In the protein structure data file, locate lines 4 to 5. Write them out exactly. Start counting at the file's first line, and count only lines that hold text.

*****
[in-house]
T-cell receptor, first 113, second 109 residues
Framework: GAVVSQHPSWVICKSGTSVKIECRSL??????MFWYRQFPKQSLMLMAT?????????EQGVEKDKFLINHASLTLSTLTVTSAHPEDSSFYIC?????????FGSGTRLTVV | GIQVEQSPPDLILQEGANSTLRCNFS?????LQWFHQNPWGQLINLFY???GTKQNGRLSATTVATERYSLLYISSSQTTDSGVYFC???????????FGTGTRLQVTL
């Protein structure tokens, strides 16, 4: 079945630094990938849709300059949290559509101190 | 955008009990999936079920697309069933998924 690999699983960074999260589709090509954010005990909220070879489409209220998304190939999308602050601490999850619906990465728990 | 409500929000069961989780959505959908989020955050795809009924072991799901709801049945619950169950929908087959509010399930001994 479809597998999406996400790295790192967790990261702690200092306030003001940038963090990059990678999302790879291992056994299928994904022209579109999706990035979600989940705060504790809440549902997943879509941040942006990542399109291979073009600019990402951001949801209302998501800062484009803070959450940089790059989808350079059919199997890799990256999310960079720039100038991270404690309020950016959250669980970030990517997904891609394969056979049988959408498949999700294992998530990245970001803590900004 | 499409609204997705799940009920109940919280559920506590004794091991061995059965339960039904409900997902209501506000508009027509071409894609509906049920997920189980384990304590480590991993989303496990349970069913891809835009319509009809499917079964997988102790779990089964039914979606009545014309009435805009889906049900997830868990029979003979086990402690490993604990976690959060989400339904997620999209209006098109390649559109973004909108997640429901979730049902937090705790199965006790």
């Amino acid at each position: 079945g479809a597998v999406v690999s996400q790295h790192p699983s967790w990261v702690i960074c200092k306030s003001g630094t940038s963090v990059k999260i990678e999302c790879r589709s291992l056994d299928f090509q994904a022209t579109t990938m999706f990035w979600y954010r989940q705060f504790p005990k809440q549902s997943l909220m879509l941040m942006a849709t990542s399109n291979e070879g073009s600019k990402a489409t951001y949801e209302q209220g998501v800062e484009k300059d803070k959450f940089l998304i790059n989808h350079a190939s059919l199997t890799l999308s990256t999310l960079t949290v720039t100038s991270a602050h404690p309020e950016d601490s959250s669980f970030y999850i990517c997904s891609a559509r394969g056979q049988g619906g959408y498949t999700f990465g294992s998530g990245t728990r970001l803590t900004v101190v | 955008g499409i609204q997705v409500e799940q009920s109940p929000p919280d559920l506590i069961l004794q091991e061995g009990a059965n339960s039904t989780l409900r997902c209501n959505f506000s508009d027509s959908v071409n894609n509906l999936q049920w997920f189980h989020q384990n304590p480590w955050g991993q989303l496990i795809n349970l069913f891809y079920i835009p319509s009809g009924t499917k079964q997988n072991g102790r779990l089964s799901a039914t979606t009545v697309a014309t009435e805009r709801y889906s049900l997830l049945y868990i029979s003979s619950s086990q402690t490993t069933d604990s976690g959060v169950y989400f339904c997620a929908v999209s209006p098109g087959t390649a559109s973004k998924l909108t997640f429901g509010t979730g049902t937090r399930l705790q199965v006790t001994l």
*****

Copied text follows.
């Protein structure tokens, strides 16, 4: 079945630094990938849709300059949290559509101190 | 955008009990999936079920697309069933998924 690999699983960074999260589709090509954010005990909220070879489409209220998304190939999308602050601490999850619906990465728990 | 409500929000069961989780959505959908989020955050795809009924072991799901709801049945619950169950929908087959509010399930001994 479809597998999406996400790295790192967790990261702690200092306030003001940038963090990059990678999302790879291992056994299928994904022209579109999706990035979600989940705060504790809440549902997943879509941040942006990542399109291979073009600019990402951001949801209302998501800062484009803070959450940089790059989808350079059919199997890799990256999310960079720039100038991270404690309020950016959250669980970030990517997904891609394969056979049988959408498949999700294992998530990245970001803590900004 | 499409609204997705799940009920109940919280559920506590004794091991061995059965339960039904409900997902209501506000508009027509071409894609509906049920997920189980384990304590480590991993989303496990349970069913891809835009319509009809499917079964997988102790779990089964039914979606009545014309009435805009889906049900997830868990029979003979086990402690490993604990976690959060989400339904997620999209209006098109390649559109973004909108997640429901979730049902937090705790199965006790």
């Amino acid at each position: 079945g479809a597998v999406v690999s996400q790295h790192p699983s967790w990261v702690i960074c200092k306030s003001g630094t940038s963090v990059k999260i990678e999302c790879r589709s291992l056994d299928f090509q994904a022209t579109t990938m999706f990035w979600y954010r989940q705060f504790p005990k809440q549902s997943l909220m879509l941040m942006a849709t990542s399109n291979e070879g073009s600019k990402a489409t951001y949801e209302q209220g998501v800062e484009k300059d803070k959450f940089l998304i790059n989808h350079a190939s059919l199997t890799l999308s990256t999310l960079t949290v720039t100038s991270a602050h404690p309020e950016d601490s959250s669980f970030y999850i990517c997904s891609a559509r394969g056979q049988g619906g959408y498949t999700f990465g294992s998530g990245t728990r970001l803590t900004v101190v | 955008g499409i609204q997705v409500e799940q009920s109940p929000p919280d559920l506590i069961l004794q091991e061995g009990a059965n339960s039904t989780l409900r997902c209501n959505f506000s508009d027509s959908v071409n894609n509906l999936q049920w997920f189980h989020q384990n304590p480590w955050g991993q989303l496990i795809n349970l069913f891809y079920i835009p319509s009809g009924t499917k079964q997988n072991g102790r779990l089964s799901a039914t979606t009545v697309a014309t009435e805009r709801y889906s049900l997830l049945y868990i029979s003979s619950s086990q402690t490993t069933d604990s976690g959060v169950y989400f339904c997620a929908v999209s209006p098109g087959t390649a559109s973004k998924l909108t997640f429901g509010t979730g049902t937090r399930l705790q199965v006790t001994l």